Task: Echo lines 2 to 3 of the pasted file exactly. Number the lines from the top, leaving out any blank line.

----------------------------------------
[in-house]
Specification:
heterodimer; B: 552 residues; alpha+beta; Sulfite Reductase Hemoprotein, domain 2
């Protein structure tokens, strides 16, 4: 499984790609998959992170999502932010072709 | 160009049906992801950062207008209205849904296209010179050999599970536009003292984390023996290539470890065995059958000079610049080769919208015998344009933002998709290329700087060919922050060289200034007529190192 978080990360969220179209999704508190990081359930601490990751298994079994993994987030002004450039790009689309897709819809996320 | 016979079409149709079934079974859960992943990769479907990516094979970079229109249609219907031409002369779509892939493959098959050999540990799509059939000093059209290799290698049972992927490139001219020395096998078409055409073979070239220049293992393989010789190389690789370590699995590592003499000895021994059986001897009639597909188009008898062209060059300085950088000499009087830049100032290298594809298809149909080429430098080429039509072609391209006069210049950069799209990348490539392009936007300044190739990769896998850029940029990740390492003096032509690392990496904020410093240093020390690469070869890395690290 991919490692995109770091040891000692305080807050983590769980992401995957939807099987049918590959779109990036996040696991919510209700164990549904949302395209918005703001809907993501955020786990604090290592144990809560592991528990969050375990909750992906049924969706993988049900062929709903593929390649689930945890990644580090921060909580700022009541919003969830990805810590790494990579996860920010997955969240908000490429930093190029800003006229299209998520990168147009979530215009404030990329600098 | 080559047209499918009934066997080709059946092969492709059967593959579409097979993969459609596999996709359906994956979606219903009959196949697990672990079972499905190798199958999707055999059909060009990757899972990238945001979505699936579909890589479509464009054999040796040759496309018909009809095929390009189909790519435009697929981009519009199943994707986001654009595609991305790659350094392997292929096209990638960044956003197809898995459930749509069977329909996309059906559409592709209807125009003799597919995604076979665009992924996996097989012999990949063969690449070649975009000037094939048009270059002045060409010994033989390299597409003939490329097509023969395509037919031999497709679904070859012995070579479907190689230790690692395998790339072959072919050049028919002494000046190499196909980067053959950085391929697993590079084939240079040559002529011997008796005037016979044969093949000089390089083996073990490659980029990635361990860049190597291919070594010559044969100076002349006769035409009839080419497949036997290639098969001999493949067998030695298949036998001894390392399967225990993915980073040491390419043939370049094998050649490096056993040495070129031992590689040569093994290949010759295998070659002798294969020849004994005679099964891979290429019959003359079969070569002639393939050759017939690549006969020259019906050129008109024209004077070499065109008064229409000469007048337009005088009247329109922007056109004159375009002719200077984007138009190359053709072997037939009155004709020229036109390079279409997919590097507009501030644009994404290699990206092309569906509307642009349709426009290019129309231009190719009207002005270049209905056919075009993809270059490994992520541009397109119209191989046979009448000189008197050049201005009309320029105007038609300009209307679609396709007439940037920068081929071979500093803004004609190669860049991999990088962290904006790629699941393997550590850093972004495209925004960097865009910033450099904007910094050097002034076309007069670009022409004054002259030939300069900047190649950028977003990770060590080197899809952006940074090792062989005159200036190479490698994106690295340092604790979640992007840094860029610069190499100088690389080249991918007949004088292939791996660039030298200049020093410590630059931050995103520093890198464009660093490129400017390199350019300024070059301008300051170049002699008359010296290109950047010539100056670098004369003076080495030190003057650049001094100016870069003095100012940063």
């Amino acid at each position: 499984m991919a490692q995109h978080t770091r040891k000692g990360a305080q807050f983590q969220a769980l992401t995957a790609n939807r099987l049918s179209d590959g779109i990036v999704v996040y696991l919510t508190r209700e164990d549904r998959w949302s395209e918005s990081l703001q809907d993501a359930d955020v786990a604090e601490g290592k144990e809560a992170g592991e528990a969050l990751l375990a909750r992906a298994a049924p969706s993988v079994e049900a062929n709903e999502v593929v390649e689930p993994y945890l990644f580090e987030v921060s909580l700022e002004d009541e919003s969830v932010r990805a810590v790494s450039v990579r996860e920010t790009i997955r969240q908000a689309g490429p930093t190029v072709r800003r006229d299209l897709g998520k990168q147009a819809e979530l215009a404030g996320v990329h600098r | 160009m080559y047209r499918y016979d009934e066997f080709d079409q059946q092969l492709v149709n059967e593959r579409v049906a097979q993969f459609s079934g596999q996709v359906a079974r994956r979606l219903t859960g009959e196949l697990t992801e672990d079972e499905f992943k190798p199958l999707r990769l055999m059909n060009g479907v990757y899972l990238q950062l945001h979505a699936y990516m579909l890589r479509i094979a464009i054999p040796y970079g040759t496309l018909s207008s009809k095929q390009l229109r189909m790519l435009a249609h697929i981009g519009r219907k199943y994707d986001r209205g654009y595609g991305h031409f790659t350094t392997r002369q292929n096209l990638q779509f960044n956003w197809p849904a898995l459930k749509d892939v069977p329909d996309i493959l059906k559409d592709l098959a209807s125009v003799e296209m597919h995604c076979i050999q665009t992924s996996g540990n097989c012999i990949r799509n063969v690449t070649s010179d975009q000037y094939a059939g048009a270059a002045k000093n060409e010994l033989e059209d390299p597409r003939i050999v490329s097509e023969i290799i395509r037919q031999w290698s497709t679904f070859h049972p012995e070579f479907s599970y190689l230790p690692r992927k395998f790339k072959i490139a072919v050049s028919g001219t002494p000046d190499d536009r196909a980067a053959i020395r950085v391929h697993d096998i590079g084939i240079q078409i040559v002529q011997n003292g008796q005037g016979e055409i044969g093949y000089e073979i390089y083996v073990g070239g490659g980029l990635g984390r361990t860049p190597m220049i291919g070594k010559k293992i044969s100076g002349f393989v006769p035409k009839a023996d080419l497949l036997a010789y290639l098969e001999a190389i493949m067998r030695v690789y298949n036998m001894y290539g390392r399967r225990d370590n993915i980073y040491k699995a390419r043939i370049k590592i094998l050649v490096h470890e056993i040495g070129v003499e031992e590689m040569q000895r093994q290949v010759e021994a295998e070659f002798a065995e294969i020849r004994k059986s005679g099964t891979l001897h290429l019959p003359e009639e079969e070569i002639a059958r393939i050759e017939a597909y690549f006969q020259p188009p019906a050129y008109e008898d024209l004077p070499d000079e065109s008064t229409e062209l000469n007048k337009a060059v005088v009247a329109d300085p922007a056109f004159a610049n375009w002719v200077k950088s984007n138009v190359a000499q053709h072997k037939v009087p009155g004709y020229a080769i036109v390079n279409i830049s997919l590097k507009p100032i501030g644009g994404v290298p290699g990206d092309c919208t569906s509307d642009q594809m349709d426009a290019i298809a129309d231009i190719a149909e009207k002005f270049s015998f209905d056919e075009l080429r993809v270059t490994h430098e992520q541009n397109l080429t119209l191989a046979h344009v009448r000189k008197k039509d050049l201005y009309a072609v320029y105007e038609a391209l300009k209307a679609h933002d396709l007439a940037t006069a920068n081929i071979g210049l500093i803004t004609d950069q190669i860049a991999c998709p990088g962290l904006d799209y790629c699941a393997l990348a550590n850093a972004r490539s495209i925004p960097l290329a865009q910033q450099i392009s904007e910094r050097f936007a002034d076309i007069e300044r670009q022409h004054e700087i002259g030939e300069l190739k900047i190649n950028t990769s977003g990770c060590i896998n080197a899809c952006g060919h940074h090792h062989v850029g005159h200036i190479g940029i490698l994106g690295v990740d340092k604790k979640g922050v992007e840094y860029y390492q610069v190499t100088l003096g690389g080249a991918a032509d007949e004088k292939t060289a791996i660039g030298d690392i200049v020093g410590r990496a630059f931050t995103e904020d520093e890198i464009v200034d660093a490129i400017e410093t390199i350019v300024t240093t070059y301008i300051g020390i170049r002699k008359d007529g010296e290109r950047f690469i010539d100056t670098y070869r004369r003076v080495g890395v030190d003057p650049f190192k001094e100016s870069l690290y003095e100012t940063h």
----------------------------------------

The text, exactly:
Specification:
heterodimer; B: 552 residues; alpha+beta; Sulfite Reductase Hemoprotein, domain 2